During my studies to become a nutritionist, my textbooks on family nutrition always suggested the use of “modeling behavior” to get kids to eat right. Modeling means letting your kids see you eating right.
From my own experience as a mom and as a nutritionist working with families, I have discovered that modeling is only part of the equation. For a start, the list of food skills that kids have to learn for life-long health is surprisingly long. Just to list a few: Learning to try new foods, figuring how much to eat at meals versus snacks, and learning how candy fits in with healthy foods. Another challenge, even for grown-ups, is dealing with a world full of food that looks great but isn’t good for us, and treating food as nutrition rather than as emotional relief.
Modeling healthy food choice behavior, while helpful, is not a magic solution for helping your child learn to eat right for life. I am not suggesting that you give up modeling good food behavior; however, relying on that alone isn’t enough. We need to go beyond modeling.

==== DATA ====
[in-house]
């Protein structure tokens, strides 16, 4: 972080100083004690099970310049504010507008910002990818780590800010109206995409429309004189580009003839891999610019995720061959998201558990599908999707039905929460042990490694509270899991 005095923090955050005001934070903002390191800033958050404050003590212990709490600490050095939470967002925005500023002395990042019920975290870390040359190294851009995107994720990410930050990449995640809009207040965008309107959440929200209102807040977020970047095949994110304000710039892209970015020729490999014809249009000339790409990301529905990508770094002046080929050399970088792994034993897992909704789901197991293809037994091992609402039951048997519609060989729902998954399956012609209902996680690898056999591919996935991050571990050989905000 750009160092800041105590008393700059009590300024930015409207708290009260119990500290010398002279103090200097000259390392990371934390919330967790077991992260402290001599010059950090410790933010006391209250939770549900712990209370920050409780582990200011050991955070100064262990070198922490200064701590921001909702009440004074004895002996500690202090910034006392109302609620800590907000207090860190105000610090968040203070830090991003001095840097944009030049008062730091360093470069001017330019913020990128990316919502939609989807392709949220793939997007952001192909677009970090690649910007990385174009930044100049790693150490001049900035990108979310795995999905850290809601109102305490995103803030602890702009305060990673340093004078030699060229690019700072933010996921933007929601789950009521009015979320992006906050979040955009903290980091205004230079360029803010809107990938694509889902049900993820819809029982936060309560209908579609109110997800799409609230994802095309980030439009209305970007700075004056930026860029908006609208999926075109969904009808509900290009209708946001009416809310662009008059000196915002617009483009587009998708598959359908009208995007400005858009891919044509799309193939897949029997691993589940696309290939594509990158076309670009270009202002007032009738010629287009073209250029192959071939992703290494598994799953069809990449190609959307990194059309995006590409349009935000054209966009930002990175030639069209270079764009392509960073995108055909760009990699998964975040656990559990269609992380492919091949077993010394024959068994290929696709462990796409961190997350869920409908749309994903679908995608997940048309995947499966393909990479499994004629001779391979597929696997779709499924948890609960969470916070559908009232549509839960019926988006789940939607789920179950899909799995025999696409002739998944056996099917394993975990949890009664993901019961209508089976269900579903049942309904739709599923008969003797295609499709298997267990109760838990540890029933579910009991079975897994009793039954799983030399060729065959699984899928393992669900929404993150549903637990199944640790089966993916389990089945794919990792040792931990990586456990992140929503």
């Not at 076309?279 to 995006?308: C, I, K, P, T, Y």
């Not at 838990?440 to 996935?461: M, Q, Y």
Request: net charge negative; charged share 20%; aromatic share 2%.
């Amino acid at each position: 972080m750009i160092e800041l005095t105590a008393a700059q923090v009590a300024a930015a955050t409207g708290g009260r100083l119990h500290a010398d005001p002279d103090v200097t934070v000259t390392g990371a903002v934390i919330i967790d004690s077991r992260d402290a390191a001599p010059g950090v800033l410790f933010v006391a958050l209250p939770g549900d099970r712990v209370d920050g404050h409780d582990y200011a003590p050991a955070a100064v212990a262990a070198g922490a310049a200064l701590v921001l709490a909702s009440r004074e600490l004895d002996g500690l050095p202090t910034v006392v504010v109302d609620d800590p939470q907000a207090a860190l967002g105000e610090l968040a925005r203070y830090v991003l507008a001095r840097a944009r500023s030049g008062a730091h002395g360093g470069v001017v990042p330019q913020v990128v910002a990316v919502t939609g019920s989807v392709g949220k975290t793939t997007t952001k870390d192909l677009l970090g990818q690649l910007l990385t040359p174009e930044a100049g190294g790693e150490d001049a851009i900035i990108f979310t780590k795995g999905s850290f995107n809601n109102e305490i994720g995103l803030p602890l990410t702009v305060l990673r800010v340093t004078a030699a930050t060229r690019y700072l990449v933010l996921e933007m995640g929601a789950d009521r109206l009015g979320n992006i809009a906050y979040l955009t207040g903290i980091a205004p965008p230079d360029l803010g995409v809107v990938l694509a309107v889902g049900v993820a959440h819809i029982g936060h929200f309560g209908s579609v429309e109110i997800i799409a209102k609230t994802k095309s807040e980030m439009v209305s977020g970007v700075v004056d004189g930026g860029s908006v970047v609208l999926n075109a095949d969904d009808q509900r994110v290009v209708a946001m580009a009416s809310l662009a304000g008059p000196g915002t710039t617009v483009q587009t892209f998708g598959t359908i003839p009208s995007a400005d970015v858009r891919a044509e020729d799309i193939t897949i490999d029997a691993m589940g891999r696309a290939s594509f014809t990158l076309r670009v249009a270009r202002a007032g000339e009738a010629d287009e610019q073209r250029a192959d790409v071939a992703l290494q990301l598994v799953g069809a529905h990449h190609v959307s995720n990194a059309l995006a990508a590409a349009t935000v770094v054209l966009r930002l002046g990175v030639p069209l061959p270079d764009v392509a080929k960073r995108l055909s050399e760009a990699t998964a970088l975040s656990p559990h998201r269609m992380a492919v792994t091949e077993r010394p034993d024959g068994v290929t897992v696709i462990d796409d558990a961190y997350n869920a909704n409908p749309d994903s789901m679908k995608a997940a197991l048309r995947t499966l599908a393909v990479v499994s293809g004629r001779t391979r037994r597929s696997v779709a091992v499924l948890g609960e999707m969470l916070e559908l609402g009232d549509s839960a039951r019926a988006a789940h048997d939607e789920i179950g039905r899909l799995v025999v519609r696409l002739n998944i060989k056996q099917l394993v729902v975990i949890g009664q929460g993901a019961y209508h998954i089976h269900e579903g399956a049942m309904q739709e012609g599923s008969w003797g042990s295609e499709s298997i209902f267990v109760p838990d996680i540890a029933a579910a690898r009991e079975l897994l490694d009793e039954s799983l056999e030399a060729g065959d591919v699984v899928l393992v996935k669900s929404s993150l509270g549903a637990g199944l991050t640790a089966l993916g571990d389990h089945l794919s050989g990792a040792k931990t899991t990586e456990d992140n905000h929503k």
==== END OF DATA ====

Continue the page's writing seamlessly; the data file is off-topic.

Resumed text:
Modeling puts a lot of strain on parents. Those struggling with their own eating issues may be tempted to give up. Modeling can also become one-dimensional, where you end up teaching only the what, forgetting the where, why, and how much to eat.
One thing I have noticed through working with families in China is that the opportunity to “model” doesn’t present itself that often. Preschool in China typically starts at 18 months. Coupled with the use of grandparents or ayis as frequent caregivers, it means that there are few modeling opportunities in the formative early years – unless everyone is in on the program. Even when the family has weekend time together, it often involves brunches or other food-centric socializing. Finally, negative modeling can occur. Parents and caregivers may inadvertently teach emotional eating by using food to regulate a child’s emotions. For example, when a baby gets fussy or bored, Mom will pull out a container of snacks. Then the child confuses emotional discomfort with hunger. The association of negative emotions and hunger has been studied as a root cause of overeating sweet, salty, and fatty calorie-laden foods.
So what can you do? Sometimes you need to go beyond modeling and do a little active instruction. There is no need for food pyramid charts or healthy plate diagrams. Focus on simple explanations and active teaching, and avoid preaching. If you are not the healthiest eater yourself, be honest with your children about how your own health has suffered and that you too are learning how to eat better.